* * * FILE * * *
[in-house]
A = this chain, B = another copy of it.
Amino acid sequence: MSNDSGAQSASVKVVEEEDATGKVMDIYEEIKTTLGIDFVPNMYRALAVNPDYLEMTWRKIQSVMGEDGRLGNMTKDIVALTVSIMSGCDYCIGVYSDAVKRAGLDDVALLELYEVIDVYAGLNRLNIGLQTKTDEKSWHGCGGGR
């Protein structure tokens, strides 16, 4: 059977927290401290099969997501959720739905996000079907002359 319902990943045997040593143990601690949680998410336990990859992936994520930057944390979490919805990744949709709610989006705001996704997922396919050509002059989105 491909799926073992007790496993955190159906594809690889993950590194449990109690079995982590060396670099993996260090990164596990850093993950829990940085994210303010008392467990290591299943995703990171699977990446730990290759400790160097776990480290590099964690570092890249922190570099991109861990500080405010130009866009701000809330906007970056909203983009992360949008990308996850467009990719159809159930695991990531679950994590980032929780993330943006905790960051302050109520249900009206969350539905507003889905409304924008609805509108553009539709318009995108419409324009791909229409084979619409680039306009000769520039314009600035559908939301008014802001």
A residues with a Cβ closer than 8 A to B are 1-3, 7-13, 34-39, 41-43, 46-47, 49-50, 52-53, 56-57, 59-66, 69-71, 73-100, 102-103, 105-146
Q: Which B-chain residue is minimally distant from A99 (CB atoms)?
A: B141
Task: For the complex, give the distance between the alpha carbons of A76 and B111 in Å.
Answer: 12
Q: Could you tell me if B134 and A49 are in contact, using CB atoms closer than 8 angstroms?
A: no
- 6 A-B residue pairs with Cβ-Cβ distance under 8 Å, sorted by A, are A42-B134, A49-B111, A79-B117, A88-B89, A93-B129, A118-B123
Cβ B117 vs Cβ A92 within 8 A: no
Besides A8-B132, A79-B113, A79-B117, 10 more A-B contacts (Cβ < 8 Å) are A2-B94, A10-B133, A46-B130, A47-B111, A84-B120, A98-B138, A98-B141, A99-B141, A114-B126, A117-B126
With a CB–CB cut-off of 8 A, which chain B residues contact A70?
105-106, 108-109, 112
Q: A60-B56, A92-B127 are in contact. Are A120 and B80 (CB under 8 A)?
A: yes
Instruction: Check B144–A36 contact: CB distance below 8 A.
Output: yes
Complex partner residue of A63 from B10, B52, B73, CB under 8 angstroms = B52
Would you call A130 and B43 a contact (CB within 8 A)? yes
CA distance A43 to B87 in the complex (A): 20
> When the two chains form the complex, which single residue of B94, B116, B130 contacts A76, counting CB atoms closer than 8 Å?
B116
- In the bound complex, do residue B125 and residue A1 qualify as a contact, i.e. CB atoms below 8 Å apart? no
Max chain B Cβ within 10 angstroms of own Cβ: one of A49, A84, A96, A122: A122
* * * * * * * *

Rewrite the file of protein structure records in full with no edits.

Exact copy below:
[in-house]
A = this chain, B = another copy of it.
Amino acid sequence: MSNDSGAQSASVKVVEEEDATGKVMDIYEEIKTTLGIDFVPNMYRALAVNPDYLEMTWRKIQSVMGEDGRLGNMTKDIVALTVSIMSGCDYCIGVYSDAVKRAGLDDVALLELYEVIDVYAGLNRLNIGLQTKTDEKSWHGCGGGR
């Protein structure tokens, strides 16, 4: 059977927290401290099969997501959720739905996000079907002359 319902990943045997040593143990601690949680998410336990990859992936994520930057944390979490919805990744949709709610989006705001996704997922396919050509002059989105 491909799926073992007790496993955190159906594809690889993950590194449990109690079995982590060396670099993996260090990164596990850093993950829990940085994210303010008392467990290591299943995703990171699977990446730990290759400790160097776990480290590099964690570092890249922190570099991109861990500080405010130009866009701000809330906007970056909203983009992360949008990308996850467009990719159809159930695991990531679950994590980032929780993330943006905790960051302050109520249900009206969350539905507003889905409304924008609805509108553009539709318009995108419409324009791909229409084979619409680039306009000769520039314009600035559908939301008014802001």
A residues with a Cβ closer than 8 A to B are 1-3, 7-13, 34-39, 41-43, 46-47, 49-50, 52-53, 56-57, 59-66, 69-71, 73-100, 102-103, 105-146
Q: Which B-chain residue is minimally distant from A99 (CB atoms)?
A: B141
Task: For the complex, give the distance between the alpha carbons of A76 and B111 in Å.
Answer: 12
Q: Could you tell me if B134 and A49 are in contact, using CB atoms closer than 8 angstroms?
A: no
- 6 A-B residue pairs with Cβ-Cβ distance under 8 Å, sorted by A, are A42-B134, A49-B111, A79-B117, A88-B89, A93-B129, A118-B123
Cβ B117 vs Cβ A92 within 8 A: no
Besides A8-B132, A79-B113, A79-B117, 10 more A-B contacts (Cβ < 8 Å) are A2-B94, A10-B133, A46-B130, A47-B111, A84-B120, A98-B138, A98-B141, A99-B141, A114-B126, A117-B126
With a CB–CB cut-off of 8 A, which chain B residues contact A70?
105-106, 108-109, 112
Q: A60-B56, A92-B127 are in contact. Are A120 and B80 (CB under 8 A)?
A: yes
Instruction: Check B144–A36 contact: CB distance below 8 A.
Output: yes
Complex partner residue of A63 from B10, B52, B73, CB under 8 angstroms = B52
Would you call A130 and B43 a contact (CB within 8 A)? yes
CA distance A43 to B87 in the complex (A): 20
> When the two chains form the complex, which single residue of B94, B116, B130 contacts A76, counting CB atoms closer than 8 Å?
B116
- In the bound complex, do residue B125 and residue A1 qualify as a contact, i.e. CB atoms below 8 Å apart? no
Max chain B Cβ within 10 angstroms of own Cβ: one of A49, A84, A96, A122: A122